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Damage and dangerous confusion from those Trump tweets

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Friday, Los Angeles

I wrote two days ago that I was appalled at President Trump’s re-tweets of the Britain First videos because this would give ammunition to three groups of people: the racist and extremist group Britain First, Islamist activists and the enemies not only of Trump himself but his entire agenda. In other words, those who threaten further to undermine the west.

In the reaction that has followed, I have unfortunately been proved all too correct.

Britain First is boasting that the Trump tweets have given an enormous boost to its recruitment.

At the same time, all who have a vested interest in exaggerating or lying about Trump’s deficiencies in order to paint him as an enemy of humanity have been given a terrific opportunity for further mischief-making.

It is quite clear from the context and from what Trump himself has said that a) his re-tweets were reckless and careless: probably he knew nothing about Britain First; b) his target was not all Muslims but Islamist extremists; and c) his refusal to apologise and retract, while regrettable and reprehensible, signified nothing more than his unfortunate temperamental refusal ever to accept criticism and say in public that he was wrong.

Nevertheless, his actions enabled MPs to call him “Nazi”, “fascist” and “racist” at an emergency debate in Parliament. Their malice towards him is thus exceeded only by their own casual and all-too telling devaluation of what Nazism, fascism and racism actually mean.

On BBC Radio’s Today programme yesterday, I said Trump had set back the cause of anti-Islamism. This was because, I said, he had recklessly and carelessly recirculated these videos regardless of whether or not their claims were true (and at least one has been shown to be untrue, in that a so-called Muslim migrant attacker was not a migrant and may not even have been a Muslim); and he had inadvertently boosted a group that should be regarded as beyond the pale.

Many in America in particular appear unable to understand my position. They seem to have a binary view of the world: if you are anti-Islamist, you must be in favour of everything Trump says in this regard, while if you criticise Trump on this issue you must be an apologist for Islamism.

As a result of this egregious but all-too common stupidity, I have now been called a liberal apologist for Islamism. This despite the fact that I wrote a book about the Islamisation of Britain; that I wrote a further book which laid out the religious doctrine behind Islamism; and that I frequently write about the west’s dangerous failure to identify and deal with the Islamist threat, as a result of all of which I have been repeatedly smeared as an Islamophobe.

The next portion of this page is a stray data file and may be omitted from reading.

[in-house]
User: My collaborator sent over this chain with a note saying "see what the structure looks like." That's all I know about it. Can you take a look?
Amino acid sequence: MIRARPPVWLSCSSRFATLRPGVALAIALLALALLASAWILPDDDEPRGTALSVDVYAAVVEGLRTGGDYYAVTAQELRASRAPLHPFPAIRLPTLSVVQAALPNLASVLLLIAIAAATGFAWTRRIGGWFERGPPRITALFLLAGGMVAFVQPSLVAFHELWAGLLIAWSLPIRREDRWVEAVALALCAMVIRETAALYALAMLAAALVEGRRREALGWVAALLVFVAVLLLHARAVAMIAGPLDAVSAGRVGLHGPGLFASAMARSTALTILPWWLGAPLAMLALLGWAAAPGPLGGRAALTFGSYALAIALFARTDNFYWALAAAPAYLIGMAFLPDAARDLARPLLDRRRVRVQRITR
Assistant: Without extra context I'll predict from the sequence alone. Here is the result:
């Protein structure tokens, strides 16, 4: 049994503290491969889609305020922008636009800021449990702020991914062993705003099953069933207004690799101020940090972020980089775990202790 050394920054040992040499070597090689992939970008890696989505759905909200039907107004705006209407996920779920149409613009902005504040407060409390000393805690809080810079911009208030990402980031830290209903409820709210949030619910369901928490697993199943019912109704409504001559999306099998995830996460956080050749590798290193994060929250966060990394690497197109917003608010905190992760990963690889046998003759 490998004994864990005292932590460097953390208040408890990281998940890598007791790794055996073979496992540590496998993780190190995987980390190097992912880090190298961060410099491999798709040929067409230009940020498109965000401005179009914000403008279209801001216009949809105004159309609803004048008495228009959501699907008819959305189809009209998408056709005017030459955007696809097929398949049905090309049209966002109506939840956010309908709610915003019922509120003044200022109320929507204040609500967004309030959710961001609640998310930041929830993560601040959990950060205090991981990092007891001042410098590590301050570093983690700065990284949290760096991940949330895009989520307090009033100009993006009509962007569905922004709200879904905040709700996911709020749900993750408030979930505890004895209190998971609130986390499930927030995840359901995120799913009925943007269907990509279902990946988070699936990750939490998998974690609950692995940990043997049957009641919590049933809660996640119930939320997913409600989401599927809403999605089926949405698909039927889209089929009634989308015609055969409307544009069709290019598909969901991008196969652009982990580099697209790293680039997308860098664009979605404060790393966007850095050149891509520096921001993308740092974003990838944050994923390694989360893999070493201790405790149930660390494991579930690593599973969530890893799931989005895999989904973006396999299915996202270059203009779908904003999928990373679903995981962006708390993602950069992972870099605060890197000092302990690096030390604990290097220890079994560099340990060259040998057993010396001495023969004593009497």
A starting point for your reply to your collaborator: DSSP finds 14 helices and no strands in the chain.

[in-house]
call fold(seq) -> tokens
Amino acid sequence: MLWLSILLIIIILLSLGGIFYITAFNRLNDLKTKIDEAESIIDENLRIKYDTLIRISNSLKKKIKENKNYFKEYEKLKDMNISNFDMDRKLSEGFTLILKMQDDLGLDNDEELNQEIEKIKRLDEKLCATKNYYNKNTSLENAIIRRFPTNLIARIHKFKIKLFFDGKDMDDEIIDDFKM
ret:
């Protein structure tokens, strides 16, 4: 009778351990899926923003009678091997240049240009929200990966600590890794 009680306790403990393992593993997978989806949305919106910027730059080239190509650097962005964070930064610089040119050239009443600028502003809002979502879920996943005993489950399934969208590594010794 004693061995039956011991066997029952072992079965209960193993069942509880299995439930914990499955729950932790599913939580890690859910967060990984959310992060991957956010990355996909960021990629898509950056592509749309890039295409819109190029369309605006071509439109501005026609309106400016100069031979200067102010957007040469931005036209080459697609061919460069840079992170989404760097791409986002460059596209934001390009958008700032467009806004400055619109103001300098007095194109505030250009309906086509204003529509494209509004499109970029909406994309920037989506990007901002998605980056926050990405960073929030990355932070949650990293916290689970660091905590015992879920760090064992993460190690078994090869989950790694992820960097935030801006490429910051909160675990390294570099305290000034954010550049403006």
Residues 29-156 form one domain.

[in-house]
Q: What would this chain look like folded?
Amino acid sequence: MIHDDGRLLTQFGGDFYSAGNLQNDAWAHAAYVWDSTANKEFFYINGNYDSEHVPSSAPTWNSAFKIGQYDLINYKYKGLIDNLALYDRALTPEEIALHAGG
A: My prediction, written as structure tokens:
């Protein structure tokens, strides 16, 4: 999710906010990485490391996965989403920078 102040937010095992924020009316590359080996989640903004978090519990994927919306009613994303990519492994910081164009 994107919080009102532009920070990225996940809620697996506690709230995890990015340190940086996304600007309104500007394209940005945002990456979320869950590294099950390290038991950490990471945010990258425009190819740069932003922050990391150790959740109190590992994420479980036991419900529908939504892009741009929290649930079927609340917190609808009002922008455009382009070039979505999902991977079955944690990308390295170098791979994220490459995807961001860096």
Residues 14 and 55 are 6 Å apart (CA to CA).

Those who support Trump’s video re-tweets maintain it doesn’t matter either if their claims were untrue or what Britain First stands for. All that matters, they say, is speaking those truths about Islamist extremism and Islamisation that the west routinely denies.

Really? Would they circulate a Ku Klux Klan lament for the eclipse of Christianity in the west? Or observations by the Muslim Brotherhood about the west’s sexual degradation and a call by these Islamists for the restoration of socially conservative values?

The agenda of who is saying such things matters because it changes them. Groups presenting a threat to society or humanity use such positions to pose an even greater threat to society or humanity — while posing as their defenders.

Britain First was formed by people from the neo-Nazi, racist and anti-Jew British National Party. Its agenda is not just to fight Muslim extremism but all Muslims. Many Muslims in both Britain and around the world are not extremists at all. Some of them, indeed, are bravely fighting against Islamist extremism. To maintain that they’re all the same is therefore not a truth. It is a lie (and a lie, moreover, which undermines those Muslim reformers). But it is one believed by too many in America, for whom complexity appears to be regarded as a symptom of innate leftism if not civilisational surrender.

This perverse reaction suggests that too many of those who are rightly concerned about Islamist extremism and rightly horrified by the refusal of the west’s cultural and political elites properly to acknowledge let alone fight it are, however, indifferent to the idea of truth and are selective in the racist and neo-fascist extremists they oppose.

I stand up for truth against lies, from wherever they come, and oppose all racism and neo-fascist extremism. To be selective about both is in fact to share the polluted ground on which the enemies of the west are making their stand.

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